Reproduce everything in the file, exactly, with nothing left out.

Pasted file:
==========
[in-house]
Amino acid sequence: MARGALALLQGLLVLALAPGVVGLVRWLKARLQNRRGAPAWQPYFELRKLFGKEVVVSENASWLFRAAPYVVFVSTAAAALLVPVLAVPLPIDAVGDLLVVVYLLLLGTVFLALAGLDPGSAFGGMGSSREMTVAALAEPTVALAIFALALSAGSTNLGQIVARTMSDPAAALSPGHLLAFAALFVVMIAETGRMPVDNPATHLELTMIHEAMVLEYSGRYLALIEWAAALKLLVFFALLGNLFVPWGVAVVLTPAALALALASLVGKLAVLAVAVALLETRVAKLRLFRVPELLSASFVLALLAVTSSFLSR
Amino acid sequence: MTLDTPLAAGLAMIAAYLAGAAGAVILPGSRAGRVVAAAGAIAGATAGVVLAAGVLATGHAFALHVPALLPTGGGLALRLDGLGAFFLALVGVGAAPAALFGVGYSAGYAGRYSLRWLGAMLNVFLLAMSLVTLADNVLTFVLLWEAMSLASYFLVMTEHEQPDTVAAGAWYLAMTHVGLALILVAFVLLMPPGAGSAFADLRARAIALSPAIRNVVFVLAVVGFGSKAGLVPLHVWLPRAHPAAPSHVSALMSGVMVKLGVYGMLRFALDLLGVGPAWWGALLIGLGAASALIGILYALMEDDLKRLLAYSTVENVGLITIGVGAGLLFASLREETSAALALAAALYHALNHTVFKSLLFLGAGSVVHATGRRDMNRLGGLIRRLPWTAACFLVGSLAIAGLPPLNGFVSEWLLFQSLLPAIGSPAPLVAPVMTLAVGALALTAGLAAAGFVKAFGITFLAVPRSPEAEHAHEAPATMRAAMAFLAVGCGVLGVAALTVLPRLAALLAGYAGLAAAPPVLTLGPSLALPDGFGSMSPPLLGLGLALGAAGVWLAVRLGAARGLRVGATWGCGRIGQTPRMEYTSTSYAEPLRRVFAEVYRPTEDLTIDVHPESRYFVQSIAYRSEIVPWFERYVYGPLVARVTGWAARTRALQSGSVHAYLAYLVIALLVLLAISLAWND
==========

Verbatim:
[in-house]
Amino acid sequence: MARGALALLQGLLVLALAPGVVGLVRWLKARLQNRRGAPAWQPYFELRKLFGKEVVVSENASWLFRAAPYVVFVSTAAAALLVPVLAVPLPIDAVGDLLVVVYLLLLGTVFLALAGLDPGSAFGGMGSSREMTVAALAEPTVALAIFALALSAGSTNLGQIVARTMSDPAAALSPGHLLAFAALFVVMIAETGRMPVDNPATHLELTMIHEAMVLEYSGRYLALIEWAAALKLLVFFALLGNLFVPWGVAVVLTPAALALALASLVGKLAVLAVAVALLETRVAKLRLFRVPELLSASFVLALLAVTSSFLSR
Amino acid sequence: MTLDTPLAAGLAMIAAYLAGAAGAVILPGSRAGRVVAAAGAIAGATAGVVLAAGVLATGHAFALHVPALLPTGGGLALRLDGLGAFFLALVGVGAAPAALFGVGYSAGYAGRYSLRWLGAMLNVFLLAMSLVTLADNVLTFVLLWEAMSLASYFLVMTEHEQPDTVAAGAWYLAMTHVGLALILVAFVLLMPPGAGSAFADLRARAIALSPAIRNVVFVLAVVGFGSKAGLVPLHVWLPRAHPAAPSHVSALMSGVMVKLGVYGMLRFALDLLGVGPAWWGALLIGLGAASALIGILYALMEDDLKRLLAYSTVENVGLITIGVGAGLLFASLREETSAALALAAALYHALNHTVFKSLLFLGAGSVVHATGRRDMNRLGGLIRRLPWTAACFLVGSLAIAGLPPLNGFVSEWLLFQSLLPAIGSPAPLVAPVMTLAVGALALTAGLAAAGFVKAFGITFLAVPRSPEAEHAHEAPATMRAAMAFLAVGCGVLGVAALTVLPRLAALLAGYAGLAAAPPVLTLGPSLALPDGFGSMSPPLLGLGLALGAAGVWLAVRLGAARGLRVGATWGCGRIGQTPRMEYTSTSYAEPLRRVFAEVYRPTEDLTIDVHPESRYFVQSIAYRSEIVPWFERYVYGPLVARVTGWAARTRALQSGSVHAYLAYLVIALLVLLAISLAWND